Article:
Most people agree that we should reuse more, but selling leftover things is often a cumbersome process. The second-hand concept of Busfrö keeps the circular economy spinning – and makes it easy for consumers to shoulder their new responsibility as suppliers.
“Many of our customers testify that they want things they get rid of to come to good use. But they don’t want to hassle with selling them themselves. The money is just an added bonus”, says Stina Qubti, founder of Busfrö Nytt & Bytt.
“This is a kind of second-hand that might be unfamiliar. The concept is founded on environmental advantage, and that is what motivates us to keep doing what we do. But it also has to be fresh, modern and fashionable.”
A growing marketplace
Busfrö was founded in Västervik, Sweden in 2010. In the beginning, it was all about children’s clothing: Stina Qubti wanted to build a marketplace where parents could meet in person to trade things with each other – a function which was nowhere to be found.
”Online marketplaces such as Blocket and Tradera were gaining speed, but I didn’t think they were feasible for parents. I did not have the time to sell my children’s clothes online, and I noticed that the second-hand stores had very limited children’s sections. Where were all the children’s outfits, the strollers and the baby stuff? I reckoned it was all tucked away in people’s storage rooms”, says Stina Qubti. She found inspiration for her new concept in a small New York store:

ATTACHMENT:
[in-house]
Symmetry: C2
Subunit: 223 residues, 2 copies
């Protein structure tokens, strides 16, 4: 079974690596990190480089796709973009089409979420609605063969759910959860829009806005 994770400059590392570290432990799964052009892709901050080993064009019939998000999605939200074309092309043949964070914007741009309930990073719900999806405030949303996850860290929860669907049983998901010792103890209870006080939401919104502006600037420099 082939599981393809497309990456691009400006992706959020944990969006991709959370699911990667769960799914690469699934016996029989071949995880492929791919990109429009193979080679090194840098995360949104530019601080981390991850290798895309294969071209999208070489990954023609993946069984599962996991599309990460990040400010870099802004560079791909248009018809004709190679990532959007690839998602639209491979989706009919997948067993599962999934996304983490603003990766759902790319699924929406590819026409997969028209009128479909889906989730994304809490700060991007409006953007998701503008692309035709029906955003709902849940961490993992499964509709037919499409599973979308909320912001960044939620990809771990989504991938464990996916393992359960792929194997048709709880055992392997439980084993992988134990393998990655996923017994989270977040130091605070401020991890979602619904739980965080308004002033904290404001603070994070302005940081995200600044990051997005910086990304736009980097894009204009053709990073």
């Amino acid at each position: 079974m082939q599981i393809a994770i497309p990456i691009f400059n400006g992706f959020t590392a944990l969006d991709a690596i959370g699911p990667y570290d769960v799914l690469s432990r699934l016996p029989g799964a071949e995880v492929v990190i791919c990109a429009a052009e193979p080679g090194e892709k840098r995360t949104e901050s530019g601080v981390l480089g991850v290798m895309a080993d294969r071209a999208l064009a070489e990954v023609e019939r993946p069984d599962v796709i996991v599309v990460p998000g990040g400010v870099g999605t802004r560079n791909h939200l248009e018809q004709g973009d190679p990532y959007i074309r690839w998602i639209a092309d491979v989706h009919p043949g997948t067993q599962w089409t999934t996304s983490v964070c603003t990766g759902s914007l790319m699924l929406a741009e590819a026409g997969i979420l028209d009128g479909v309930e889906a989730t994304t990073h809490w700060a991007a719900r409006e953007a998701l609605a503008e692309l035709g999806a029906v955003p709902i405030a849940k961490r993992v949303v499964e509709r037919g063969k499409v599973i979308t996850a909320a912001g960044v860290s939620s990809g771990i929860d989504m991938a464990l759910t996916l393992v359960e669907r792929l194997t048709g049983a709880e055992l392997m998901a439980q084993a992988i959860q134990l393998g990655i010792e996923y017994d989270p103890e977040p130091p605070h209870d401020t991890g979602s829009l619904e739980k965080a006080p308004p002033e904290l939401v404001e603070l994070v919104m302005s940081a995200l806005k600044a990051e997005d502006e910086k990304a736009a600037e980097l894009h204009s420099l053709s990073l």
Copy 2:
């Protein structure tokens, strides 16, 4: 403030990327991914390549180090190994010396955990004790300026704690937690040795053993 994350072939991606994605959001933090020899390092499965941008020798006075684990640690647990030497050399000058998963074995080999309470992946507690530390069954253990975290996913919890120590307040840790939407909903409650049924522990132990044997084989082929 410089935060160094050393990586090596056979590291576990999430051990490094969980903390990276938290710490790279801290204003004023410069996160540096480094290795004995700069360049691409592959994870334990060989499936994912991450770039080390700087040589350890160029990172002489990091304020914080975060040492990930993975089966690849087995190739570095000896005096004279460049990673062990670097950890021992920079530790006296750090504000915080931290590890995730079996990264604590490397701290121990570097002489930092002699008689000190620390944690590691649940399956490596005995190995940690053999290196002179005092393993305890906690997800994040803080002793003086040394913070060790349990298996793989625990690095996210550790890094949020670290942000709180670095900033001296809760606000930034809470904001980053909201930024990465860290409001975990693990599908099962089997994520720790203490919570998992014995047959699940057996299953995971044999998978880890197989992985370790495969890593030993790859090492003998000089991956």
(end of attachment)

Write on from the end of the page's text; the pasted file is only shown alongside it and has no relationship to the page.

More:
”It was tiny, just 20 square meters or so – but everything was colorful and lovely inside, and there were more clothes for kids than in any second-hand store in Stockholm at the time. I knew that this was what I wanted to do – only bigger, not just one little store. Because I knew the demand would be huge.”
The selection has increased over time. Today, Busfrö offers children’s and ladies’ fashion, baby accessories, toys and home decor in five stores. And the evolution progresses.
”Every store is still growing, and the chain is growing too: we are aiming to open 60 stores within 12 years time, and I think that is doable. We have just signed the agreement to open two new stores this spring, one on each coast. And we are turning our eyes towards the big cities and the university locations”, Stina Qubti says.
Local residents shape the selection
The foundation of a circular economy is that everything in use today will be handed over to someone else tomorrow – either as raw material or to be reused. This means that everyone have to help with closing the loop, and every consumer implicitly becomes a supplier as well. Busfrö’s concept acknowledges this; the local residents stock the stores with goods that they no longer need for themselves, while the chain handles everything else – the showroom, the staff and the advertising.